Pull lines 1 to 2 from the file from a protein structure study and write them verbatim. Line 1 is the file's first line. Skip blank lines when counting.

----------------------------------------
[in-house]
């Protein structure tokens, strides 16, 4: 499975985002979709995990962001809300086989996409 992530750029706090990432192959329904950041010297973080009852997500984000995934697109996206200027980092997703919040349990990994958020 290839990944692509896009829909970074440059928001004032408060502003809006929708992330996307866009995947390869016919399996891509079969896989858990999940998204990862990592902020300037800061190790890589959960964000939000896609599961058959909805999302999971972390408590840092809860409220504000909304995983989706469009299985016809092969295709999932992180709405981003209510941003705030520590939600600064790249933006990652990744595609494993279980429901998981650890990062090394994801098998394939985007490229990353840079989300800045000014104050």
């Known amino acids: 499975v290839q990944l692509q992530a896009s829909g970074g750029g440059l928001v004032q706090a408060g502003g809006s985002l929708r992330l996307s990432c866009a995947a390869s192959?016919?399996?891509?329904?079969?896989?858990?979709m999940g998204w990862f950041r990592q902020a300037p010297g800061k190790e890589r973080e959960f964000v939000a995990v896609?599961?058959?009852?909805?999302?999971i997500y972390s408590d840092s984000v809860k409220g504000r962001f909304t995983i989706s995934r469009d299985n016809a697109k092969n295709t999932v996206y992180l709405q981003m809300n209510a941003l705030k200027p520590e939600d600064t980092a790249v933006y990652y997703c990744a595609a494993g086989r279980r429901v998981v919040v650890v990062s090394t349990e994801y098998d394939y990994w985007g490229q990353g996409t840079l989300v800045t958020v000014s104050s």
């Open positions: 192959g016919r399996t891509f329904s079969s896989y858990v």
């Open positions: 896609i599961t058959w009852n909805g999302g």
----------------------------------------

[in-house]
């Protein structure tokens, strides 16, 4: 499975985002979709995990962001809300086989996409 992530750029706090990432192959329904950041010297973080009852997500984000995934697109996206200027980092997703919040349990990994958020 290839990944692509896009829909970074440059928001004032408060502003809006929708992330996307866009995947390869016919399996891509079969896989858990999940998204990862990592902020300037800061190790890589959960964000939000896609599961058959909805999302999971972390408590840092809860409220504000909304995983989706469009299985016809092969295709999932992180709405981003209510941003705030520590939600600064790249933006990652990744595609494993279980429901998981650890990062090394994801098998394939985007490229990353840079989300800045000014104050």